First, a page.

Several weeks ago, I saw “The Blind Side” which is, as lots of people have already pointed out, yet another addition to that long list of white savior movies. If you’re not familiar with this particular movie trope, you should read Hernan and Gordon’s Screen Saviors: Hollywood Fictions of Whiteness. The film also trades in the “magical Negro” meme, in which black people perform various miracles for white people (see also, “The Green Mile”). This particular theme is deeply embedded in American culture and for more about this you can read the classic Langston Hughes’ Black Magic: A Pictorial History of the Negro in American Entertainment or the more recent Brannon Costello’s Plantation Airs.
This is all well-trod ground for examining race in this, and other, films. I agree with Ta-Nehisi Coates that the sort of one-note discussion of this film that asks “is it racist or is it not racist?” suggests that:
“if you’re not a racist, if a movie isn’t racist, then presumably it’s all good. Arguing over the contents of people’s hearts, or the admittedly myriad interpretations of modern movie, prevent us from getting at all those beautiful and ugly elements which we have yet to name.”
In that spirit, I want to take a slightly less well-worn path to discussing this film and talk a little about some of those ‘beautiful and ugly’ elements we have yet to name.
As Mark Blankenship notes, the movie is based on a true story. A rich white family really did adopt Michael Oher, a homeless black teenager, and eventually, he became an NFL star. In the real world, that’s very moving. In parts, I found the story compelling. It is sometimes the reality that white families adopt and raise, even “save,” black children from sometimes dire conditions. While I’m well-aware of the vehement critique of this practice by the National Association of Black Social Workers (and others), that’s still a story that I’m interested in knowing more about in its particulars, as Coates would have it, “getting at all those beautiful and ugly elements.” For example, how does a white mother raising a black son teach her son to deal with racism? How does she confront her own racism in that copmlex mother-son relationship? And, given that this story is set in an affluent, Southern, Christian, all-white community, I wanted to know the particulars of how this boy became a man in this world.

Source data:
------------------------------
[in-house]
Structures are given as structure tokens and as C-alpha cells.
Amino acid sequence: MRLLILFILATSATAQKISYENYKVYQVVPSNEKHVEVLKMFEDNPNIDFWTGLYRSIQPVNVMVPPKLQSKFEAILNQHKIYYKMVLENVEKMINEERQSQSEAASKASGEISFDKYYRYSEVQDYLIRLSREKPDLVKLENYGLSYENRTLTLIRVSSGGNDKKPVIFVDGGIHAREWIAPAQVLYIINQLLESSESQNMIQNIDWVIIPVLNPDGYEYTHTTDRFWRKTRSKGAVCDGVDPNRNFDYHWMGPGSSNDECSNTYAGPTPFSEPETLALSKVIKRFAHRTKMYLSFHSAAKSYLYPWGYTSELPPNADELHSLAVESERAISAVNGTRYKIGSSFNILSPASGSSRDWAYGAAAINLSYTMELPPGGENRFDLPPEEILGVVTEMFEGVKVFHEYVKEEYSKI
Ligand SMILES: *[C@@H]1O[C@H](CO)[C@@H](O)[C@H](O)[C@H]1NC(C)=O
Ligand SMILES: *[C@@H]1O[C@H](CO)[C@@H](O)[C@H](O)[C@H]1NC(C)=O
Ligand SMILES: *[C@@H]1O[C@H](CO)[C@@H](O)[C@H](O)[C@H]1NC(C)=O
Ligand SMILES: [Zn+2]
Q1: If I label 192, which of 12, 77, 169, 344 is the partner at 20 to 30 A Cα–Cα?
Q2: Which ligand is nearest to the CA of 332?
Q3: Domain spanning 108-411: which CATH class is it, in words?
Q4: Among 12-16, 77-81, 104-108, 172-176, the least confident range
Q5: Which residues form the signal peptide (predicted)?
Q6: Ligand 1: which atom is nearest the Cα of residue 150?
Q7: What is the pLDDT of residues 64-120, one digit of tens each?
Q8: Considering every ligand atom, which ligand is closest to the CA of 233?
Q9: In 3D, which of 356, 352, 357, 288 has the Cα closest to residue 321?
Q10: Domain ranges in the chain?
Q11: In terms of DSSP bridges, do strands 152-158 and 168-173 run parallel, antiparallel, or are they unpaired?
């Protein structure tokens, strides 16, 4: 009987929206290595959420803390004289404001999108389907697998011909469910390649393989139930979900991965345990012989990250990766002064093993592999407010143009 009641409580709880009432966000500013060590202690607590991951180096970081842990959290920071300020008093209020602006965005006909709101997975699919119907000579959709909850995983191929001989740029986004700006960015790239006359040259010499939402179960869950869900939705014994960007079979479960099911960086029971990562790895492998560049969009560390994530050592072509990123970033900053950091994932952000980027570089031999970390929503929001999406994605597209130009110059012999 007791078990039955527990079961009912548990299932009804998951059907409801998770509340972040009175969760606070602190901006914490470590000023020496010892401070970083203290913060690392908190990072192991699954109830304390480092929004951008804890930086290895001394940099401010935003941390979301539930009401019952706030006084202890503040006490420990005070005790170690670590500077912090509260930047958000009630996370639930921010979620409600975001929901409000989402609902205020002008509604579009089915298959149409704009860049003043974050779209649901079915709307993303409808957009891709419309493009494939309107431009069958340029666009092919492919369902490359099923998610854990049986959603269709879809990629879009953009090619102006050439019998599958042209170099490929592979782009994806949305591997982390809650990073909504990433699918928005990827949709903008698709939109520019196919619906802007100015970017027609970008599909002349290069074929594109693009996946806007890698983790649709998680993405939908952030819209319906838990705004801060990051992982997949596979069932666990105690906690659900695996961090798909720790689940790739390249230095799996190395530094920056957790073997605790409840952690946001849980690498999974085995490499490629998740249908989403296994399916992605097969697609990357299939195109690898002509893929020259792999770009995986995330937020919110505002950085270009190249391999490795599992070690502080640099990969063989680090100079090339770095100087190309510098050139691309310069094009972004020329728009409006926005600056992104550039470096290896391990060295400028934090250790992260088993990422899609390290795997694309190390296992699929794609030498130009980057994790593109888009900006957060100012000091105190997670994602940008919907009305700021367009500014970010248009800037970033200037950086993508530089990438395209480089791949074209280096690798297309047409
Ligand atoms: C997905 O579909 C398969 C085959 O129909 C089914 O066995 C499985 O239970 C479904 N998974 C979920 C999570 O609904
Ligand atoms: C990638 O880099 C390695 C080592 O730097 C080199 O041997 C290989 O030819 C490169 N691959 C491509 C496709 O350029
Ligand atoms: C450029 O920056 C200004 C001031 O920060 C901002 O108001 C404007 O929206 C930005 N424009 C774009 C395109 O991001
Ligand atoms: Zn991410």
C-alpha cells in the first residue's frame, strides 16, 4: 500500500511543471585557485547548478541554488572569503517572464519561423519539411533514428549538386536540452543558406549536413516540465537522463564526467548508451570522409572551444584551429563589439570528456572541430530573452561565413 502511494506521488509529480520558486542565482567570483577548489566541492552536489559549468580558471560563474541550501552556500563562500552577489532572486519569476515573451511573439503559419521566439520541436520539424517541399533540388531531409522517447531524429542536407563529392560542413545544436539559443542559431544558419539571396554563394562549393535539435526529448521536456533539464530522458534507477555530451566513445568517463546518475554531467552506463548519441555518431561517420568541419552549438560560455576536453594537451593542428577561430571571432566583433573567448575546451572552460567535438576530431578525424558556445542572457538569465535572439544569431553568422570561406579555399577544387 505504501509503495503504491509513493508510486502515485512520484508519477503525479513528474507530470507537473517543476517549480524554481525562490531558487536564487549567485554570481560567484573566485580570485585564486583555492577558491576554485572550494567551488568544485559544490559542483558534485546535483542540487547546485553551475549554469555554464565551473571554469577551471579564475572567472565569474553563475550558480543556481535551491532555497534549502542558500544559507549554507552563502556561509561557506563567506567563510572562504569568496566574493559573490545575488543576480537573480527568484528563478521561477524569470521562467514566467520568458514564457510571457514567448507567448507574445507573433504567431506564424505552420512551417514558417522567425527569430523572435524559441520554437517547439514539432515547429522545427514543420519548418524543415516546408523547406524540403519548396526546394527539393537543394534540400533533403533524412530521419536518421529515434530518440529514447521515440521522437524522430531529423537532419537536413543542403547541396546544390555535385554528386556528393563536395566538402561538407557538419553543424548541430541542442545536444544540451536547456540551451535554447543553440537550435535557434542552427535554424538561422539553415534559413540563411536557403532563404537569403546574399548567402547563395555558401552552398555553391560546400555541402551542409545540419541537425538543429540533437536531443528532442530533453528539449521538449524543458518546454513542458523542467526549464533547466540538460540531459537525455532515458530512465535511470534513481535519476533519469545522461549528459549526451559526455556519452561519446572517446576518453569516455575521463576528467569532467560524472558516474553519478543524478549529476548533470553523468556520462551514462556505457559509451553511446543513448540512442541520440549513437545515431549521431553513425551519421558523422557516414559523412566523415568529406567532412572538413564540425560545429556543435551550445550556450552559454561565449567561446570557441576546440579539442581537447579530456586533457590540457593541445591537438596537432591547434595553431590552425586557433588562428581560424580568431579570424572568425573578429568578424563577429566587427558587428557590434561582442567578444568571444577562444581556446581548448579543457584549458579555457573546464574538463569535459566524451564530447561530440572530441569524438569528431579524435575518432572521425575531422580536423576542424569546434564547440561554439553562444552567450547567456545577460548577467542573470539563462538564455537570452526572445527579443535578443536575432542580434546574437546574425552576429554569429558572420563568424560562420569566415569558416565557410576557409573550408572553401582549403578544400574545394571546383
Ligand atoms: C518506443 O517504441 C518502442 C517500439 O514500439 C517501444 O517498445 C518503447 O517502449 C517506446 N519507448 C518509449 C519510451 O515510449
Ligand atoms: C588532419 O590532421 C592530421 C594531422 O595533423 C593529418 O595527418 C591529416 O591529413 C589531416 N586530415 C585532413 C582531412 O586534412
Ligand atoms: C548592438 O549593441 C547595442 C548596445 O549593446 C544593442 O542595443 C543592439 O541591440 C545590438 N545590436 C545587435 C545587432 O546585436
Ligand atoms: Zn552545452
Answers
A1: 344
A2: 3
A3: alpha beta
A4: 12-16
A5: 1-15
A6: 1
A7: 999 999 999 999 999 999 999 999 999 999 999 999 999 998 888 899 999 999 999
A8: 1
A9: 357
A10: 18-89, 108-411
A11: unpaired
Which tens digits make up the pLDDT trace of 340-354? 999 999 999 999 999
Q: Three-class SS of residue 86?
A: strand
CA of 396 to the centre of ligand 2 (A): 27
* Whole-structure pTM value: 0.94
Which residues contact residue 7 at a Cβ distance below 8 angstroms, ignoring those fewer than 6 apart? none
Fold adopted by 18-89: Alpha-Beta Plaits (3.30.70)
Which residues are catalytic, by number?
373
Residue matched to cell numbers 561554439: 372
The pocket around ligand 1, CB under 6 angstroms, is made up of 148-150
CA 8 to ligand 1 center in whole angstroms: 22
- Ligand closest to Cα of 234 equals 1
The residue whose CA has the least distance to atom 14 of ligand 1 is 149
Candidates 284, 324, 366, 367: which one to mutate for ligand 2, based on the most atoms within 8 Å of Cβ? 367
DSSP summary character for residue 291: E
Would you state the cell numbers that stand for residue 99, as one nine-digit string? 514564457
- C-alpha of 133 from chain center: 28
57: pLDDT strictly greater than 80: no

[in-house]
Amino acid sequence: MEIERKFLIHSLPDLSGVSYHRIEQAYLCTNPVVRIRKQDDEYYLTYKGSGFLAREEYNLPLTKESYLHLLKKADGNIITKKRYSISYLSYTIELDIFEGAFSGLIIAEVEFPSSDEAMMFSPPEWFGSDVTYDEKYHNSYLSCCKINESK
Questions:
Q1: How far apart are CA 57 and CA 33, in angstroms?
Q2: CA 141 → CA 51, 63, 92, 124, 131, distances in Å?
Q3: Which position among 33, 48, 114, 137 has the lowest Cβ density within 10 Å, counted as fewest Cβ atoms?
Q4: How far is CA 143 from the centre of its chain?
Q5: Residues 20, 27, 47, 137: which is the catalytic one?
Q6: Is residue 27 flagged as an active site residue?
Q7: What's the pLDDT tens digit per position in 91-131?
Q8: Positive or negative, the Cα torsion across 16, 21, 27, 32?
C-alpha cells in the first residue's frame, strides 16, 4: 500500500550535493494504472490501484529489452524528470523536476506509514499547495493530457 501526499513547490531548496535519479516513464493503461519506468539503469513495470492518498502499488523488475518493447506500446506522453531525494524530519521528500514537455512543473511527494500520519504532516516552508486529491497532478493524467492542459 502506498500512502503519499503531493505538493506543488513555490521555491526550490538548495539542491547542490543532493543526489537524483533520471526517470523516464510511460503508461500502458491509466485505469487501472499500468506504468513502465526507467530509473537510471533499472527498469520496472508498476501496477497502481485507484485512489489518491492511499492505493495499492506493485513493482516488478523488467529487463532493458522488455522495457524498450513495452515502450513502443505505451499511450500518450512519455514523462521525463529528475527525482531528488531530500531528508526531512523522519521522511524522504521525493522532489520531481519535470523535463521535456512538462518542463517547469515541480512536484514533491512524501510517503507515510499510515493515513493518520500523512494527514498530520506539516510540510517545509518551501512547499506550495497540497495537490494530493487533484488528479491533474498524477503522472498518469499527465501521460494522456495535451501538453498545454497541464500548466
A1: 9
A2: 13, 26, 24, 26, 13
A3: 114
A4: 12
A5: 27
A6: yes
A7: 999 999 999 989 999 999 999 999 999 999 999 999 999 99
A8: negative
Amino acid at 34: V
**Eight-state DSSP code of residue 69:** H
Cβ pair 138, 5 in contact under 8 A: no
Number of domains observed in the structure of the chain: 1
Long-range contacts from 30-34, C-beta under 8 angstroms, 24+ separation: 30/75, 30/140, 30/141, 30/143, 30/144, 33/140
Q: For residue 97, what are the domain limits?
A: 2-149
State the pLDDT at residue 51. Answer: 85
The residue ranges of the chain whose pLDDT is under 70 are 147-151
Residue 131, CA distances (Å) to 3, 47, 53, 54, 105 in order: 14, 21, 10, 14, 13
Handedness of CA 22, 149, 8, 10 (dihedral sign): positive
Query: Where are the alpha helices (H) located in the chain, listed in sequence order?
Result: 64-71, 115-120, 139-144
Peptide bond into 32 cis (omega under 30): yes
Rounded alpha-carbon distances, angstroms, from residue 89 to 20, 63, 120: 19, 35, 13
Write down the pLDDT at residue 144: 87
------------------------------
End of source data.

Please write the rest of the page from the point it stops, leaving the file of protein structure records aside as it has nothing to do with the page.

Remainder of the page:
There was one scene in the movie that almost tapped this rich potential for storytelling, and it was when Sandra Bullock’s character, Leigh Anne Touhy, confronts her ladies-who-lunch friends about their own racism in their comments about her newly-adopted son. She stops them cold and says to them, “Shame on you.” It’s a remarkable filmic moment in many ways. First, it clearly depicts whites – in this case, white women – engaging in the kind of back stage behavior we’ve talked about so often here on the blog. It’s rare to see the whites talking about race in explicit ways portrayed in a film. Bullock’s confrontation of them is refreshing, too, but it’s underplayed and comes out of nowhere for her character. We know nothing about how her character has dealt with her own internalized racism – or, even if she has – to get to the point of confronting her lunch-friends. Is she conflicted? Has she always wanted to confront them about their racism? Or, does she secretly agree with them, but just prefer them to engage in the “polite silence” around matters of race that has come to prevail in many social settings? Does she continue to be friends with these women? Does she lose their friendship because of this confrontation? If so, is that painful? And how does that pain factor into her feelings about her son?
We will never know. This is not a film with much nuance (the predominant metaphor is about football). While it’s a moment worth noting in the film, (I can even see using the clip of that lunch-table confrontation to foster discussion in a class or workshop), the moment is a lost opportunity for anything more multifaceted, or artful even, about transracial adoption, about race, or about the journey away from individual racism. All of which is too bad, because that’s a film I’d really like to see.
Ultimately, the film’s screenplay and Sandra Bullock’s performance (one many are saying is the best of her career) misses the opportunity to connect with the tradition of the few white women who have stood against racism like Mary White Ovington, Lillian Smith, or Viola Gregg Luizzo, and instead draws on the much broader tradition of white women perpetrating paternalistic racism, set in stark contrast to portrayals of black women as unfit mothers. This kind of storytelling, repeated again and again throughout the culture, is just not that interesting and it certainly doesn’t rise to the level of ‘art’ in my view. It does, however, seem to draw a crowd. “The Blind Side”is this season’s “surprise hit” at the box office.